Quote of the Month

"Not all those who wander are lost." J.R.R. Tolkien, The Lord of the Rings, 1954.

“We must change our attitudes toward the ocean. We must regard it as no longer a mystery, a menace, something so vast and invulnerable that we need not concern ourselves with it … Instead we want to explore the themes of the ocean’s existence—how it moves and breathes, how it experiences dramas and seasons, how it nourishes its hosts of living things, how it harmonizes the physical and biological rhythms of the whole earth, what hurts it and what feeds it—not least of all, what are its stories.” Jacques Yves Cousteau, 1910-1997.

"It's the glory of the sea that has turned my head." Robert Louis Stevenson, Treasure Island, 1894.

"It is with you as with the sea: the most varied names are given to what is in the end only salt water." Johann Wolfgang von Goethe, Maxims and Reflections, 1833.

Saturday, November 6, 2010

Retro Sail – 1979


I once lived in Greece. Sailing the Greek islands, hence there is a Greek flag flying aft in the 1979 picture. I was 28 years old and my son Gene was 4. In the photograph, we are sitting together on the port side of the sailboat, the right side of the picture. I was so thin then, 108 pounds. I worked at the Hellenic International School, teaching French and English. In the Greek school system women could not wear pants, only skirts below the knee. Heather, also in the picture, was the music teacher and her husband was manager of Cape Sounion Marina, where the temple of Poseidon still stands. She had two children and we would all sail together whenever there was a sailboat available to deliver or test. That’s where the sailing spirit seduced me, and has faithfully stayed with me in good times and bad times.
Cape Sounion Marina

Oftentimes I have asked myself how a young girl from the green highlands of Naranjito ended up so enamored of the blue sea and sailing. Julia de Burgos, a well-known Puerto Rican poet says it best in her poem, Ronda sobremarina por la montaña. This title has been translated into English as, Supersea Stroll through the Mountain, in the bilingual book, Song of the Simple Truth (1996), where one can read her complete poems.

--Almamarina… Almamarina… 
Eso me dijo el viento cuando le di la mano en la montaña. 
… 
--Almamarina…
Eso me dijo el viento ruborizándose en mis ojos,
nerviosos, 
enamorándome. 

(--Seasoul… seasoul… /That’s what the wind said when I gave it my hand in the mountain. … 
--Seasoul… /That’s what the sea said blushing in my eyes, /nervous, /courting me.)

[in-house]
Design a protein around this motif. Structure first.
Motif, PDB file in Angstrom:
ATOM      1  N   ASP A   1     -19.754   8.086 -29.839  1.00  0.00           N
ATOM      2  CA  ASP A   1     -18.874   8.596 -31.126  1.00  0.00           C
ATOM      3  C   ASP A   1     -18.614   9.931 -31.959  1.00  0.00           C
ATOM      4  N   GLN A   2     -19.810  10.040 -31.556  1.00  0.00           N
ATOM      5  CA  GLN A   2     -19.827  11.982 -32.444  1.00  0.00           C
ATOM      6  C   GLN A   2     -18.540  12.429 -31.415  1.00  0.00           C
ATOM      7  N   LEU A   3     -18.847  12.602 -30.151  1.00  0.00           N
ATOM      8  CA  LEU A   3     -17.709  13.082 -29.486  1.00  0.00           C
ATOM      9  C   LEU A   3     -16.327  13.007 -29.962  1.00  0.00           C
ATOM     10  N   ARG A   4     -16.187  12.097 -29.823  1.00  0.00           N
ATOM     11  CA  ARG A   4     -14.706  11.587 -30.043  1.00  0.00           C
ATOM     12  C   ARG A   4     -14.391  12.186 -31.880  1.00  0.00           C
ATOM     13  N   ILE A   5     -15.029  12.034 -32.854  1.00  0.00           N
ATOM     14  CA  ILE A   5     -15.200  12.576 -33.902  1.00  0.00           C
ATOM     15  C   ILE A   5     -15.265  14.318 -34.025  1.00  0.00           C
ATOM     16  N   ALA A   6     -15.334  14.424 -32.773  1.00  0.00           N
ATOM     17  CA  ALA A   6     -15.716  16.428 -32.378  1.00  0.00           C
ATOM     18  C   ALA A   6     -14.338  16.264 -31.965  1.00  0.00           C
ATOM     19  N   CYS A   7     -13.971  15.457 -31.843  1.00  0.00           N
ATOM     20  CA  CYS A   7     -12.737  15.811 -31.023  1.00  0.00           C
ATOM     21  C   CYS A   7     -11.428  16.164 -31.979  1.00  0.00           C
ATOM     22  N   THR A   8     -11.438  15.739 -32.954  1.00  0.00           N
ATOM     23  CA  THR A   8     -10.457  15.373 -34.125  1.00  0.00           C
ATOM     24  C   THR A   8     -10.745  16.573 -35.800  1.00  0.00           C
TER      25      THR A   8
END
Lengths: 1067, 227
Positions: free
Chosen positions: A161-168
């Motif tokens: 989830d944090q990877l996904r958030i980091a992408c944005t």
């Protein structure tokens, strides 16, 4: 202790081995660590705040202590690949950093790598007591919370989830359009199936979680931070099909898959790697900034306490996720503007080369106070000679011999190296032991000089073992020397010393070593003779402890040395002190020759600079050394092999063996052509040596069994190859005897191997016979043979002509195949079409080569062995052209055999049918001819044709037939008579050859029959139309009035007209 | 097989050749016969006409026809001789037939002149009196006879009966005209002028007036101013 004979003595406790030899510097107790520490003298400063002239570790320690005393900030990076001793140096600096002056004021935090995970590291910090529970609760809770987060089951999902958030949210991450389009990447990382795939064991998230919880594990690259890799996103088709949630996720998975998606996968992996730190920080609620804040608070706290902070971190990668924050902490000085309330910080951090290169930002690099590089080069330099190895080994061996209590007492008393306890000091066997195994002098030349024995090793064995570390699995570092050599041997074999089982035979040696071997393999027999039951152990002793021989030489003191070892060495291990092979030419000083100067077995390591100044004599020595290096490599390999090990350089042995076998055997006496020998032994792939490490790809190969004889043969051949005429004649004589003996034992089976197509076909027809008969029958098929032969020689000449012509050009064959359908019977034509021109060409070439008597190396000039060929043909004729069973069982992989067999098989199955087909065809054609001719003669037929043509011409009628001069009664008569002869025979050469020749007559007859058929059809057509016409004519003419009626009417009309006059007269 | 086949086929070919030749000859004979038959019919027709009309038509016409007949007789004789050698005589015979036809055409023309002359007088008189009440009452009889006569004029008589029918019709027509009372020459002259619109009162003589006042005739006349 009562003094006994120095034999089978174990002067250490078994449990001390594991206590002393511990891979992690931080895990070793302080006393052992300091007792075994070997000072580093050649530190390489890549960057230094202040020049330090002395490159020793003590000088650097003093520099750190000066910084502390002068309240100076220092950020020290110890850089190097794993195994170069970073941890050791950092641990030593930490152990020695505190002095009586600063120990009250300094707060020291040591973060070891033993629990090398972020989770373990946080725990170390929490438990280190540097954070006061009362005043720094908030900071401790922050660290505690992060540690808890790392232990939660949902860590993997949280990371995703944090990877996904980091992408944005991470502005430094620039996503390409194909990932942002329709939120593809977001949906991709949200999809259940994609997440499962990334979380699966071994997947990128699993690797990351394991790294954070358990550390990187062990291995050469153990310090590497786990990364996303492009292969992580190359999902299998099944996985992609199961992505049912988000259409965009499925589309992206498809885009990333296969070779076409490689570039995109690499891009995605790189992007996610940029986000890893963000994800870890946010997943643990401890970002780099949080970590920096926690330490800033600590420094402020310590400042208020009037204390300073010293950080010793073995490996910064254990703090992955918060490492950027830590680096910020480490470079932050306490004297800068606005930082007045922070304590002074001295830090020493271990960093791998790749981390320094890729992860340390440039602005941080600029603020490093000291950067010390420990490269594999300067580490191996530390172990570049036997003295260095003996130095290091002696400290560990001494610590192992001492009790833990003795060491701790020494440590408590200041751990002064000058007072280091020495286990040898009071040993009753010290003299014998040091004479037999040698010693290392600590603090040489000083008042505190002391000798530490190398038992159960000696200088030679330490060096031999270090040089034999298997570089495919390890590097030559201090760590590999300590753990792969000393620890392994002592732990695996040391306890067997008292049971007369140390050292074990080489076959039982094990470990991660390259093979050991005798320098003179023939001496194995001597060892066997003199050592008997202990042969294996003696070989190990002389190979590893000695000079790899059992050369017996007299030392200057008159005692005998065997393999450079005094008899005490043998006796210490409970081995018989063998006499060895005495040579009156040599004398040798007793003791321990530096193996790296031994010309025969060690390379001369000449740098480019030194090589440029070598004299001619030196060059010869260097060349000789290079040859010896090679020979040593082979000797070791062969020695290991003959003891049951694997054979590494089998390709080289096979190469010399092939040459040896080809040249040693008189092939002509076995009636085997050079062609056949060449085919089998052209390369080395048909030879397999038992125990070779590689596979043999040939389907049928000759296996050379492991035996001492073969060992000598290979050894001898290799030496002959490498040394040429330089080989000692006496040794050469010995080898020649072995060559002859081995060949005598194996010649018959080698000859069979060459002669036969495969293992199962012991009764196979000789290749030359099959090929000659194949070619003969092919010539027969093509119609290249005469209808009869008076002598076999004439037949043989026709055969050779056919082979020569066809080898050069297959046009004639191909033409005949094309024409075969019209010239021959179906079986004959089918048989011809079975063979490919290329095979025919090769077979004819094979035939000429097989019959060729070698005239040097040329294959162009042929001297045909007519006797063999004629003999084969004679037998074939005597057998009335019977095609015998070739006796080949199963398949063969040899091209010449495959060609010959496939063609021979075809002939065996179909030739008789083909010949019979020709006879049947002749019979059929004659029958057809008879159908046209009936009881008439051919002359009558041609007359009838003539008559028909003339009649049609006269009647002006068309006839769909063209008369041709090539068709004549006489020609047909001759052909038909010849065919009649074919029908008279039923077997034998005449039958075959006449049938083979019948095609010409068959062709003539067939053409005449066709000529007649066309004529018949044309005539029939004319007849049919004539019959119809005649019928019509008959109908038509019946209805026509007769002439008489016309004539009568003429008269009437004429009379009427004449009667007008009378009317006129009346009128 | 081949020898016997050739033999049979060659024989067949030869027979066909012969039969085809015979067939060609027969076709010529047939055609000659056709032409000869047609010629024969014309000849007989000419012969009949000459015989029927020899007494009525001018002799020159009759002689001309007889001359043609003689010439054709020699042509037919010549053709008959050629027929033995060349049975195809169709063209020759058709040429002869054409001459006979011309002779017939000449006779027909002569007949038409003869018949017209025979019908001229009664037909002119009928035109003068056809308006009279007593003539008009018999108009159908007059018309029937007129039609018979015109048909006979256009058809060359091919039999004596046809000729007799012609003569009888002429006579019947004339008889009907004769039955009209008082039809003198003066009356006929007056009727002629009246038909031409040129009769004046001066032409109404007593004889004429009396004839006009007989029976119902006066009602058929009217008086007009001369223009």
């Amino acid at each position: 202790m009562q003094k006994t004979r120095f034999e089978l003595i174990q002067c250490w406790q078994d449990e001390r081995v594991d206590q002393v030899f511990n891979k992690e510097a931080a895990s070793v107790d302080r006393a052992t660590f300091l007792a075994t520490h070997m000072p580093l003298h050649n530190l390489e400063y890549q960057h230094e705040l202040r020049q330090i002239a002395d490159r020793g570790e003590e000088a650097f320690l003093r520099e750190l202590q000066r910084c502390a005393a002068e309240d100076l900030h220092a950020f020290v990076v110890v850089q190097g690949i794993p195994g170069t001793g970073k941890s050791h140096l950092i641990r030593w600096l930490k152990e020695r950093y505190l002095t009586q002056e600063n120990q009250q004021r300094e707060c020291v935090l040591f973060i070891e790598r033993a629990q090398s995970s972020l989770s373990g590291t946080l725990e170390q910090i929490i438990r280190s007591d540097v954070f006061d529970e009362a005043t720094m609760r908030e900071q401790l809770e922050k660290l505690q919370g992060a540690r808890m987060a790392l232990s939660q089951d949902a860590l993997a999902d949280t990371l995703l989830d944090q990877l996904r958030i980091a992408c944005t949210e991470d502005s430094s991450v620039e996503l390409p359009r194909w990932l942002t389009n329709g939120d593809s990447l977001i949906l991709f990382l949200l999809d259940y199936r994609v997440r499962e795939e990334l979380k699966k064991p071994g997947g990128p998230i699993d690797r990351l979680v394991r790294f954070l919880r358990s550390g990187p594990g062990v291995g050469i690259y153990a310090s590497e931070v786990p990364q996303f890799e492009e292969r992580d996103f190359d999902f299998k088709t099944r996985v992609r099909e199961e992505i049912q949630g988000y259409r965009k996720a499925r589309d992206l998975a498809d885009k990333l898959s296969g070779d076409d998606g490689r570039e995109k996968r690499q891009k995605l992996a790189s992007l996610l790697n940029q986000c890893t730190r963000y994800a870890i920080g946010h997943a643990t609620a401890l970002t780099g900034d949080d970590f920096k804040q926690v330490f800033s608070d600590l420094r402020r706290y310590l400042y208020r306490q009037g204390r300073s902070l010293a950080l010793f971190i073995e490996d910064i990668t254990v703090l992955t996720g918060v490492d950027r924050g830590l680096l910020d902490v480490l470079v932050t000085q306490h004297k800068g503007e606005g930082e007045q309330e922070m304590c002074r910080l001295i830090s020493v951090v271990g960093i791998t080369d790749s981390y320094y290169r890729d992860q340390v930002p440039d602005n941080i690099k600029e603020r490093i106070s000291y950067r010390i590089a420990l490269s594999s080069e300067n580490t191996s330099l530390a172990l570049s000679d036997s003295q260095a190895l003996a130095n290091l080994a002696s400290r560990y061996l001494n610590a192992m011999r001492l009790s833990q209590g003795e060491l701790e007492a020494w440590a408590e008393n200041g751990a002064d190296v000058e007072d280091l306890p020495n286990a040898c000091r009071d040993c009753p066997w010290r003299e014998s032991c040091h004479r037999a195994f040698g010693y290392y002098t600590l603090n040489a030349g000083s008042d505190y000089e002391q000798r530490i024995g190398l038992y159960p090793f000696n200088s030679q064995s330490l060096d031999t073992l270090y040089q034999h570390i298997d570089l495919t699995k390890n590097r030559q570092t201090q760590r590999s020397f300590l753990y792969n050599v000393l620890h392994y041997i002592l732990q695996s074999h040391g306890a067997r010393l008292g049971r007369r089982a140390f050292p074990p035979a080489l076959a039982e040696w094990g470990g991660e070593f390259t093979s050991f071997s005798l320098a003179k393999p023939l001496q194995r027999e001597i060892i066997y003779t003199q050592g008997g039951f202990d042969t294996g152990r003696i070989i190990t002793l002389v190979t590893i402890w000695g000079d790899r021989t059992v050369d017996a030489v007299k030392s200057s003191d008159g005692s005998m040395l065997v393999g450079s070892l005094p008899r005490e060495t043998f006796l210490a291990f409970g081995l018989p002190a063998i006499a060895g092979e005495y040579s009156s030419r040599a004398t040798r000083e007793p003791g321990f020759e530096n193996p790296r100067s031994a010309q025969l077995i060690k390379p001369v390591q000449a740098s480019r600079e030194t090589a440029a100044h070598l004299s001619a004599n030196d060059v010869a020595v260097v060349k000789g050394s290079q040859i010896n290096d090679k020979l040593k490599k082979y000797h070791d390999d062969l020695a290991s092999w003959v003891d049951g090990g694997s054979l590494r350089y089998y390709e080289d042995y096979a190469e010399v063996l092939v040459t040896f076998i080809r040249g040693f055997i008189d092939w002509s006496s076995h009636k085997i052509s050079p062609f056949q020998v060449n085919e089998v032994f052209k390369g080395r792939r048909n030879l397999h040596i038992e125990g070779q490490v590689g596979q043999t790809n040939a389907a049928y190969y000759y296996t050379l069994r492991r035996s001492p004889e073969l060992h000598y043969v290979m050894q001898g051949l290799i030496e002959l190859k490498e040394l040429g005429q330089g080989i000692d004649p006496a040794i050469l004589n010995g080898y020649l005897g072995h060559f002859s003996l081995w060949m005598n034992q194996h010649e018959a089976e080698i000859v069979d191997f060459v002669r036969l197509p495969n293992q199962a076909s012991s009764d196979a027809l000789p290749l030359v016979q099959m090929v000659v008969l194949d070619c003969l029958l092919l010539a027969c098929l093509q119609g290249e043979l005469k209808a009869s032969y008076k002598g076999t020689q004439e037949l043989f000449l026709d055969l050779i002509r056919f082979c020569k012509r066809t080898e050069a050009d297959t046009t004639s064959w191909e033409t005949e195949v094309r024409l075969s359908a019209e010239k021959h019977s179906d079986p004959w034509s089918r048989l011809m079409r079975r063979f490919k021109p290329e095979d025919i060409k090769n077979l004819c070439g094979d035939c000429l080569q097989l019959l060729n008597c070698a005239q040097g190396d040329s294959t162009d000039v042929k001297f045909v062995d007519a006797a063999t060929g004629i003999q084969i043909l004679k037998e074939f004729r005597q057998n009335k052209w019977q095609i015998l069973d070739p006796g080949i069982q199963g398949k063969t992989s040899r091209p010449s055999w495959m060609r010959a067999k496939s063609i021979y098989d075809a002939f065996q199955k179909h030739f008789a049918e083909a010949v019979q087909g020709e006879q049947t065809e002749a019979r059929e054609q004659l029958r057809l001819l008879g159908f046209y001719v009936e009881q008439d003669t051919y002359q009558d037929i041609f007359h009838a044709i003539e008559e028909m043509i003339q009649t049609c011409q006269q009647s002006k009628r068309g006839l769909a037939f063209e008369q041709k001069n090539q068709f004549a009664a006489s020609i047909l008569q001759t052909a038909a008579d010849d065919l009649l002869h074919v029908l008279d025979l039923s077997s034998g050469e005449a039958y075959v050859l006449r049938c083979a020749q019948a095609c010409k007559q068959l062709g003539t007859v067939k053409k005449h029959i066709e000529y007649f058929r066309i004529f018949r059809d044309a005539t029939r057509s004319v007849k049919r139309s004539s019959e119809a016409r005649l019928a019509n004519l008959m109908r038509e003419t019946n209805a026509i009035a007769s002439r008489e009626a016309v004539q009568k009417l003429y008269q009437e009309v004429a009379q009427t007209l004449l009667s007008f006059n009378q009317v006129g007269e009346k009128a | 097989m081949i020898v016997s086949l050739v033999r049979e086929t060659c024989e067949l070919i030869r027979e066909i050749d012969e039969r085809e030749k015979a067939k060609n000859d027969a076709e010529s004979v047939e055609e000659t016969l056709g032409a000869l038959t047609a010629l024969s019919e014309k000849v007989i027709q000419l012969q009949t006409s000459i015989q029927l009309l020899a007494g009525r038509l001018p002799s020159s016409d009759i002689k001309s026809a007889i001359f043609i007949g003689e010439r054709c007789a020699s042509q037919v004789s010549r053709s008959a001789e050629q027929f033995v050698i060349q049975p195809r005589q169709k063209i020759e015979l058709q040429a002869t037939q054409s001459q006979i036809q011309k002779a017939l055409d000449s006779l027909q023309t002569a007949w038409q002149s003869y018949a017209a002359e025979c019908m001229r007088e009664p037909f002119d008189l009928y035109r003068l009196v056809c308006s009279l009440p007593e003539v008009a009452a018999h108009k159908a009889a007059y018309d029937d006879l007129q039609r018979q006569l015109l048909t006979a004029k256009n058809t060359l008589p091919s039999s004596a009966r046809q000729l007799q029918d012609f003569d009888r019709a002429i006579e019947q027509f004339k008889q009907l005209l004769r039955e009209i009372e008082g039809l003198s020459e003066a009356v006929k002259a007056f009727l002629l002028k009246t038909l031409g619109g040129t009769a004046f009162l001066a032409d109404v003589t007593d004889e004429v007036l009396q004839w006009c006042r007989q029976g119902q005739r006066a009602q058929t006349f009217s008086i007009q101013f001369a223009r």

Temple of Poseidon
Poseidon, zealous god of the sea, kept Odysseus lost at sea for 10 years after the Trojan war. He eventually sailed home to his wife Penelope who waited for him in the island of Ithaca. The Temple of Poseidon still keeps a watchful eye over the god’s realm. The marina, at its feet, is still a humble reminder of human courage. Greek men (and one woman that I know of, Atalanta) dared to explore this realm on floating islands, challenging fears, risking life and fortune, defying Poseidon.

I sailed the Cyclades, a string of islands southeast of Cape Sounion. As we approached an island, the whitewashed homes with aqua blue doorframes painted the hillsides. The port areas were sprinkled with tavernas boasting outdoor tables and chairs, intertwined with boating shops, souvenir stores, ferry boats, buses, lots of people and noise. The children couldn’t wait to explore the shore, find the ice cream shop, and run around in town. Trying to save a little money on dock fees, we would anchor out and dinghy to shore. An adult stayed on the boat to keep watch. I often volunteered for this task, which made everyone happy. After so many hours at sea, everyone wanted to go ashore. These were my moments of freedom. Illusory in retrospection, naïve at best, I felt free. I’d stand open-armed like Da Vinci’s Vitruvian Man, facing the wind and singing, screaming, dancing, and laughing out loud. It was a sense of freedom, not so much from people, but more so from social norms, proper behavior, and lady-like roles. I was Atalanta with the Argonauts, looking for the Golden Fleece.

The Cyclades or Kycládes form the plural of Kyklás, from kíklos, meaning circle or ring. My Greek sailing experience was the beginning of a new ring in my life’s spiral. A mother bird’s push unto the open sky, and the young bird soared with open wings. I feel that same feeling every time we motor out of the marina, when we raise the sails, and turn off the engine. The instant the engine is off, and the wind presses on the sails, I soar.



Song of the Simple Truth: The Complete Poems of Julia de Burgos (Dual Language Edition:: Spanish, English) (Spanish and English Edition)--Almamarina…
Hubo luego, en silencio, como un desplazamiento
de una niña de agua en la sed de los valles,
La voz sobremarina se irguió sobre los cerros,
y partió para siempre con la niña en el talle.

(--Seasoul… /Later, in silence, there was something like a surge / of a water-girl in the thirst of the valleys, /The supersea voice rose over the mountains /and left forever with the girl on its waist.)

As I fast approach 60, the rings in my spirals are narrower, but they still soar, in Puerto Rico’s easternmost islands, circling, like the Cyclades off Cape Sounion, Fajardo’s lighthouse.
Atalanta-detail in Rubens painting